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The objective of this study was to investigate the association of 4-year changes in alcohol consumption with a subsequent risk of type 2 diabetes. We prospectively examined 38,031 men from the Health Professionals Follow-Up Study who were free of diagnosed diabetes or cancer in 1990. Alcohol consumption was reported on food frequency questionnaires and updated every 4 years. A total of 1,905 cases of type 2 diabetes occurred during 428,497 person-years of follow-up. A 7.5 g/day (approximately half a glass) increase in alcohol consumption over 4 years was associated with lower diabetes risk among initial nondrinkers (multivariable hazard ratio [HR] 0.78; 95% CI: 0.60-1.00) and drinkers initially consuming <15 g/day (HR 0.89; 95% CI: 0.83-0.96), but not among men initially drinking ≥15 g/day (HR 0.99; 95% CI: 0.95-1.02; P(interaction) < 0.01). A similar pattern was observed for levels of total adiponectin and hemoglobin A(1c), with a better metabolic profile among abstainers and light drinkers who modestly increased their alcohol intake, compared with men who either drank less or among men who were already moderate drinkers and increased their intake. Likewise, compared with stable light drinkers (0-4.9 g/day), light drinkers who increased their intake to moderate levels (5.0-29.9 g/day) had a significantly lower risk of type 2 diabetes (HR 0.75; 95% CI: 0.62-0.90). Increases in alcohol consumption over time were associated with lower risk of type 2 diabetes among initially rare and light drinkers. This lower risk was evident within a 4-year period following increased alcohol intake.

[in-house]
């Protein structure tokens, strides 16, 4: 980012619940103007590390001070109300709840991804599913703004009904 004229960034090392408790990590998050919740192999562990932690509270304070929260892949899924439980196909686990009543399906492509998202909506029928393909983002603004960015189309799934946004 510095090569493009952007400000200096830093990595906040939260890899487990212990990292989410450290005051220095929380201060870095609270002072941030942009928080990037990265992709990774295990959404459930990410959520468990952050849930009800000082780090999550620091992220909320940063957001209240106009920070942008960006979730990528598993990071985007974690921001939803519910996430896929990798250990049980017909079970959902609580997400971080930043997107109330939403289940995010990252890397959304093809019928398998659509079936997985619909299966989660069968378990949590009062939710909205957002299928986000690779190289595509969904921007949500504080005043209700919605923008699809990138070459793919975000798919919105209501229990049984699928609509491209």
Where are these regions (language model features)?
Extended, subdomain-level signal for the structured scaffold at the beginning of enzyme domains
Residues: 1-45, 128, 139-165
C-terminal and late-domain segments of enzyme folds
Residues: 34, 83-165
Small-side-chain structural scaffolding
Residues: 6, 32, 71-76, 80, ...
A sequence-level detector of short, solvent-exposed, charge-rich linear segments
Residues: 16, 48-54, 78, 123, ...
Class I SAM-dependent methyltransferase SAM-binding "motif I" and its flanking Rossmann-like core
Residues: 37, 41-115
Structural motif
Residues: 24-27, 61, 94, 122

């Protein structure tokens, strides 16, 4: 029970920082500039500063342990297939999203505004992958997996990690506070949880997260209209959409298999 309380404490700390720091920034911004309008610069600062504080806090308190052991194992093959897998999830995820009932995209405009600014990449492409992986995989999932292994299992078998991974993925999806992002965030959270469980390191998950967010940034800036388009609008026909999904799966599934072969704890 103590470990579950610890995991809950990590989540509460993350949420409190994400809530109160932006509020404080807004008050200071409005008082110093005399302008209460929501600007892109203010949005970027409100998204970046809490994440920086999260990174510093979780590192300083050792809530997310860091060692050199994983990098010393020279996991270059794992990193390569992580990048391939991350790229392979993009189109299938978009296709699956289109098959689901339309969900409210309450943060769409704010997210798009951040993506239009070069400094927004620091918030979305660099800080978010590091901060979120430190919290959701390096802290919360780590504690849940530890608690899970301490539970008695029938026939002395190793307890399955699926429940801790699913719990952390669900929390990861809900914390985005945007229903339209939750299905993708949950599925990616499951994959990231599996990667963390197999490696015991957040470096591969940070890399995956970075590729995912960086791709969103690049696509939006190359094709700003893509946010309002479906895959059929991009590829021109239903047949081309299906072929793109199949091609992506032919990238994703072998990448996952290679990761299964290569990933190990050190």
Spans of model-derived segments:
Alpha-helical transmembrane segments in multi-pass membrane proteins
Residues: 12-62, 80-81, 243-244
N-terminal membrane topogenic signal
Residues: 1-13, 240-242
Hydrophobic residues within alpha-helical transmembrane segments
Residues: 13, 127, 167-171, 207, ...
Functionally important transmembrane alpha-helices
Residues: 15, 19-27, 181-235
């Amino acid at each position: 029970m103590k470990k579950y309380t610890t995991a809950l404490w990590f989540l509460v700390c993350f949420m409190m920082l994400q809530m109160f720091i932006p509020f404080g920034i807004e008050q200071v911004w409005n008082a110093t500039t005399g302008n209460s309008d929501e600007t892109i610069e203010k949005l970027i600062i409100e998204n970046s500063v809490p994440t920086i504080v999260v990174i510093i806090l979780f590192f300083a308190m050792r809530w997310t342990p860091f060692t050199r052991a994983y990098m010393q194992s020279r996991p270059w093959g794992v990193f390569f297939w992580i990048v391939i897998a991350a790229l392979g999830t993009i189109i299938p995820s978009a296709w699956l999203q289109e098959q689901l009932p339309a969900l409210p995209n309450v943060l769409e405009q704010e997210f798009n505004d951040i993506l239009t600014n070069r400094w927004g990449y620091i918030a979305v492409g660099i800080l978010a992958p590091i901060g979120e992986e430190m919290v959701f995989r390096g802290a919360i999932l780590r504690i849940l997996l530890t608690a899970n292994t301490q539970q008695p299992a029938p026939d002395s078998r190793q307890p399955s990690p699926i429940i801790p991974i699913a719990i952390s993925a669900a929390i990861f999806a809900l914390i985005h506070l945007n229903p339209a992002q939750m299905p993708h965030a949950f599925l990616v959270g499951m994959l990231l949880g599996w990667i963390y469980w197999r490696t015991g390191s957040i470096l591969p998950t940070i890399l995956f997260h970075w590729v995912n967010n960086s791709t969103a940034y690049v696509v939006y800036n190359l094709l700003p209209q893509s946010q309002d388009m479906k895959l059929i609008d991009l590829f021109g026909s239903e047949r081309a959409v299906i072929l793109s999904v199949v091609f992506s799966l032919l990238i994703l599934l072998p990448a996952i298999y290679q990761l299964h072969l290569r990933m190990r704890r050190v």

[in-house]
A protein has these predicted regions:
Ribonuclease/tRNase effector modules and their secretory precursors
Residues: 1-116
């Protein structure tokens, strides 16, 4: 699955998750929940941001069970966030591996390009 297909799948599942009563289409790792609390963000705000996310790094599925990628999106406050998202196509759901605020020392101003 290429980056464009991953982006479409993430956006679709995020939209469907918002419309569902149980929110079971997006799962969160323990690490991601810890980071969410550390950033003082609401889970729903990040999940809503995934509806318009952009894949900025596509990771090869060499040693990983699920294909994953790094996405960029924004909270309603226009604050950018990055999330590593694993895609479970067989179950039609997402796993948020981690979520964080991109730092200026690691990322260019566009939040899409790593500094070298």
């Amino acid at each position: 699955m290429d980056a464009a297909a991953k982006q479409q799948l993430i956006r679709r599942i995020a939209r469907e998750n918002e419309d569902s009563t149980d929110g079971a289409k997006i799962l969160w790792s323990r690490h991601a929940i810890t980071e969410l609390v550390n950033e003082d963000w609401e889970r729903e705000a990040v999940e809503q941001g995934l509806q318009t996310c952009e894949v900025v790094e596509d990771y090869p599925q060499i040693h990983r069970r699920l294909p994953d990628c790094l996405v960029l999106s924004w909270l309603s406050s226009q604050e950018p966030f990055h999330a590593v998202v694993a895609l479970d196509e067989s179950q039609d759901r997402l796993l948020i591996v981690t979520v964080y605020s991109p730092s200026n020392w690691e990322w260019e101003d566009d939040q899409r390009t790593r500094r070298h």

Because of alcohol's effects on maternal, fetal and child health, the public health implications of alcohol abuse by women are potentially greater than those of alcohol abuse by men. This report provides a summary of developments in the field of alcohol use and women's health in the 1990s. During the 1990s, the prevalence of alcohol consumption, including binge drinking, appears to have increased among pregnant women, whereas there was little change among non-pregnant women of childbearing age. The prevalence of alcohol use among women under 21 years of age, for whom alcohol should be inaccessible, is equal to or greater than that in older age groups. Adverse effects have been detected among pregnant women who consume more than three drinks per week on average. Alcohol may impair fertility and increase the risk for breast cancer. The national burden from all effects of alcohol on women's health has not been assessed. The available brief screening instruments to detect alcohol use do not detect moderate alcohol consumption or binge drinking by pregnant women. Brief primary care clinic-based behavioral interventions and some medications have been shown to decrease alcohol use and subsequent problems among women who are problem drinkers. To prevent alcohol-exposed pregnancies, researchers need to study the feasibility of these interventions for pregnant women including moderate drinkers, as well as interventions that enhance the use of contraception among women who misuse alcohol and are at risk for pregnancy. Attempts to reduce alcohol-exposed pregnancies should begin prior to conception. Primary care providers for women, including obstetricians, general practitioners, family planning advisers and school health-care providers can play an important role in the prevention of all adverse effects of alcohol consumption by women.